History of the English Language
A short history of the origins and
development of English
The history of the English language really
started with the arrival of three Germanic
tribes who invaded Britain during the 5th
century AD. These tribes, the Angles, the
Saxons and the Jutes, crossed the North
Sea from what today is Denmark and
northern Germany.
At that time the inhabitants of Britain spoke
a Celtic language. But most of the Celtic
speakers were pushed west and north by
the invaders - mainly into what is now
Wales, Scotland and Ireland. The Angles
came from Englaland and their language
was called Englisc - from which the words
England and English are derived.
Old English (450-1100 AD)
Part of Beowulf, a poem written in Old English.
The invading Germanic tribes spoke similar
languages, which in Britain developed into
what we now call Old English. Old English
did not sound or look like English today.
Native English speakers now would have
great difficulty understanding Old English.
Nevertheless, about half of the most
commonly used words in Modern English
have Old English roots. The words be,
strong and water, for example, derive from
Old English. Old English was spoken until
around 1100.
Middle English (1100-1500)
An example of Middle English by Chaucer.
An example of Middle English by Chaucer.
In 1066 William the Conqueror, the Duke of
Normandy (part of modern France),
invaded and conquered England. The new
conquerors (called the Normans) brought
with them a kind of French, which became
the language of the Royal Court, and the
ruling and business classes.
For a period there was a kind of linguistic class
division, where the lower classes spoke English
and the upper classes spoke French. In the 14th
century English became dominant in Britain
again, but with many French words added. This
language is called Middle English. It was the
language of the great poet Chaucer (c13401400), but it would still be difficult for native
English speakers to understand today
Modern English
Early Modern English (1500-1800)
Late Modern English (1800-Present)
Early Modern English
Hamlet's famous "To be, or not to be" lines, written in Early Modern English by
Towards the end of Middle English, a
sudden and distinct change in
pronunciation (the Great Vowel Shift)
started, with vowels being pronounced
shorter and shorter. From the 16th century
the British had contact with many peoples
from around the world.
This, and the Renaissance of Classical
learning, meant that many new words and
phrases entered the language. The
invention of printing also meant that there
was now a common language in print.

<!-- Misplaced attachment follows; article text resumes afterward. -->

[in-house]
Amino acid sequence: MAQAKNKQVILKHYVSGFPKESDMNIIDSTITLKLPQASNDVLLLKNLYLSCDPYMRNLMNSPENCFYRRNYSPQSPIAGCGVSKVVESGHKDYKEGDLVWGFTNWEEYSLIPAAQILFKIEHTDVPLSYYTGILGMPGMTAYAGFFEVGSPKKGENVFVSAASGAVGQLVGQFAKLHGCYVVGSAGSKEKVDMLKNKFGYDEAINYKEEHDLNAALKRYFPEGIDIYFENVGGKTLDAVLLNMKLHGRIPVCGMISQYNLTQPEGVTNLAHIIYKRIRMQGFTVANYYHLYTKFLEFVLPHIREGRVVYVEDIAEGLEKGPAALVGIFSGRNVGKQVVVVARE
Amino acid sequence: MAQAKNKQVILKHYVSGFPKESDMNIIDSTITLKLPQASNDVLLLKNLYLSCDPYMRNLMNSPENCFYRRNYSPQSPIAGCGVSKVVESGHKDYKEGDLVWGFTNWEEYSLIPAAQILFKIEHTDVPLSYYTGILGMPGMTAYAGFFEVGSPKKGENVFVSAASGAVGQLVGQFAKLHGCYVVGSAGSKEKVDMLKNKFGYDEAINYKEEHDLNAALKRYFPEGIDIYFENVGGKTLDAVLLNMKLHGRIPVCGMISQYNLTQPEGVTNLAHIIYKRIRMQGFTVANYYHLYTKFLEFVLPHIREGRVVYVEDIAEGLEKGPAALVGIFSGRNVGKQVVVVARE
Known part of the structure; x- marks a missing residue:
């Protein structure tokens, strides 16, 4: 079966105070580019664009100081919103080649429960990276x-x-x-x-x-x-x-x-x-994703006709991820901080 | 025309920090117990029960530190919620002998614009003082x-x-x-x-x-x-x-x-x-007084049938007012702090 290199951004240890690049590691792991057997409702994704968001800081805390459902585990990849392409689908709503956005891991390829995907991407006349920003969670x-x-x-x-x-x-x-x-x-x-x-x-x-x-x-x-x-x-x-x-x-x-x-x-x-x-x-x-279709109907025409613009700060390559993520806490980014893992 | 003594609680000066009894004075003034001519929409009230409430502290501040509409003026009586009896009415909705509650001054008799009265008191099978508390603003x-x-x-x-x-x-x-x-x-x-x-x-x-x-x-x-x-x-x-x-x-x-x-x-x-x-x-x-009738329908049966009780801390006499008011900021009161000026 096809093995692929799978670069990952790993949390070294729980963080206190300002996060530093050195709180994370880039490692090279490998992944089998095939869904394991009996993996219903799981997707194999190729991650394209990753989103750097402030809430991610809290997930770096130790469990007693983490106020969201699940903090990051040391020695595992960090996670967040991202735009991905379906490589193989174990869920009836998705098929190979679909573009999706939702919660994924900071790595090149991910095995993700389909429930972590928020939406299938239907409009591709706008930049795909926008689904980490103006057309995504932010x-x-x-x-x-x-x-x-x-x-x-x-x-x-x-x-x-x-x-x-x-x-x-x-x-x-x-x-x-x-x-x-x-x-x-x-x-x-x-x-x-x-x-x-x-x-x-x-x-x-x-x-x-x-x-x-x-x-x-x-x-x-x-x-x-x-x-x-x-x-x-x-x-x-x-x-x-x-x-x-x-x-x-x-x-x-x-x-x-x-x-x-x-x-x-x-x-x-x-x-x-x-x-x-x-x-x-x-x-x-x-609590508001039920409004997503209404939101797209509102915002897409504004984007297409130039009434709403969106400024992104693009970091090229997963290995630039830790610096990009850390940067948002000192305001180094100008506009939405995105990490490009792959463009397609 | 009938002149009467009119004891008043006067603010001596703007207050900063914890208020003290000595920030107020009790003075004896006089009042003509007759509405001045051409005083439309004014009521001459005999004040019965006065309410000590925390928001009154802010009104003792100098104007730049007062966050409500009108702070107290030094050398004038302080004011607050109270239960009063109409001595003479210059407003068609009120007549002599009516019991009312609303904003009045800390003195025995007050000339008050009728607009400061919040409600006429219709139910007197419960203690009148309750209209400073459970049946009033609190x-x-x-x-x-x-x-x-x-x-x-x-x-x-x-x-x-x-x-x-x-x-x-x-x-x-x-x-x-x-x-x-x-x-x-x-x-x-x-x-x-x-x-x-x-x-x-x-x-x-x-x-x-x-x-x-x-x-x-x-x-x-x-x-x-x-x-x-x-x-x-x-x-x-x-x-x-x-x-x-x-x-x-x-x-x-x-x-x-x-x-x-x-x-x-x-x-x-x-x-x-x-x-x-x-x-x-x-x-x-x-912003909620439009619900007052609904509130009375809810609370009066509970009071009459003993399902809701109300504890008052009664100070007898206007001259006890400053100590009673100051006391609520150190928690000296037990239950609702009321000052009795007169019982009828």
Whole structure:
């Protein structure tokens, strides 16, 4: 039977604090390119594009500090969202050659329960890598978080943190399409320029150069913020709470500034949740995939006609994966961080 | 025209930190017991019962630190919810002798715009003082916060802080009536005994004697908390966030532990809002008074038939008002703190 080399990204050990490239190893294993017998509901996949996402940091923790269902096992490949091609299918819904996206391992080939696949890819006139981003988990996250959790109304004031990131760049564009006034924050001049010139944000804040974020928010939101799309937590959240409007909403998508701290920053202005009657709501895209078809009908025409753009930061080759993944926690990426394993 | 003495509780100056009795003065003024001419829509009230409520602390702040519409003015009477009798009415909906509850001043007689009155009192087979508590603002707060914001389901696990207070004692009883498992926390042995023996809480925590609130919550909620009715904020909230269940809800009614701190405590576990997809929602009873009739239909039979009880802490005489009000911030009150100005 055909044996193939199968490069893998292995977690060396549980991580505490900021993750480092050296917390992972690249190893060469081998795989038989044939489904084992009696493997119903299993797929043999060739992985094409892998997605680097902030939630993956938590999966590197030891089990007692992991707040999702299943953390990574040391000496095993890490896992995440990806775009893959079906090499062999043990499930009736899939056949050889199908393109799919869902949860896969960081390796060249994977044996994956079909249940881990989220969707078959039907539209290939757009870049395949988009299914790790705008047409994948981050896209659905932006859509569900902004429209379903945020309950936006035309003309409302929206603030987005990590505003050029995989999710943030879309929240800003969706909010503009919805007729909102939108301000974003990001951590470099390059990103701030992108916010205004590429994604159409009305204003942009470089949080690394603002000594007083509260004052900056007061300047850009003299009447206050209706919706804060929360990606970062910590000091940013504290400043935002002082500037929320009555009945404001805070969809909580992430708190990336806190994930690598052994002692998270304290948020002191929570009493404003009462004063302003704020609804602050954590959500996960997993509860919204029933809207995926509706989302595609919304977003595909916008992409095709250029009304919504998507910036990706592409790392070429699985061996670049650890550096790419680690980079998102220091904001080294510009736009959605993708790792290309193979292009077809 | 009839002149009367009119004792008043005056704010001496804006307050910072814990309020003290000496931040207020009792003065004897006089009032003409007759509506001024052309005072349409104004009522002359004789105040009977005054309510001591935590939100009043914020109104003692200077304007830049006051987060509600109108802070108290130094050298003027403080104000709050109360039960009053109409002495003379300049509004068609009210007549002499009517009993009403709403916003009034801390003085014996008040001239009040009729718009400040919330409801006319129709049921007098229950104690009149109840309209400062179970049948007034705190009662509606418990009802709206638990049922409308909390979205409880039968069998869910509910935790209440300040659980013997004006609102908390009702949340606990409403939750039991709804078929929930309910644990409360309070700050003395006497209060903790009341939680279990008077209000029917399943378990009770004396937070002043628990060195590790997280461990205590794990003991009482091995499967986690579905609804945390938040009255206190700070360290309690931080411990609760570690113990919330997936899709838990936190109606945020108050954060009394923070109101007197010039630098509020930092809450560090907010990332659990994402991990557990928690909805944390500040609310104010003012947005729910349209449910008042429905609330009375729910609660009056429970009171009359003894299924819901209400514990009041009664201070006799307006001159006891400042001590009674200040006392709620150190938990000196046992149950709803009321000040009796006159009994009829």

Books became cheaper and more people
learned to read.
Printing also brought standardization to
English. Spelling and grammar became
fixed, and the dialect of London, where
most publishing houses were, became the
standard. In 1604 the first English
dictionary was published.
Late Modern English
The main difference between Early Modern
English and Late Modern English is vocabulary.
Late Modern English has many more words,
arising from two principal factors:
firstly, the Industrial Revolution and technology
created a need for new words;
secondly, the British Empire at its height covered
one quarter of the earth's surface, and the
English language adopted foreign words from
many countries.
Varieties of English
From around 1600, the English
colonization of North America resulted in
the creation of a distinct American variety
of English. Some English pronunciations
and words "froze" when they reached
America. In some ways, American English
is more like the English of Shakespeare
than modern British English is.
Some expressions that the British call
"Americanisms" are in fact original British
expressions that were preserved in the
colonies while lost for a time in Britain (for
example trash for rubbish, loan as a verb
instead of lend, and fall for autumn;
another example, frame-up, was reimported into Britain through Hollywood
gangster movies).
Spanish also had an influence on American
English (and subsequently British English), with
words like canyon, ranch, stampede and
vigilante being examples of Spanish words that
entered English through the settlement of the
American West. French words (through
Louisiana) and West African words (through the
slave trade) also influenced American English
(and so, to an extent, British English).
Today, American English is particularly
influential, due to the USA's dominance of
cinema, television, popular music, trade
and technology (including the Internet).
But there are many other varieties of
English around the world, including for
example Australian English, New Zealand
English, Canadian English, South African
English, Indian English and Caribbean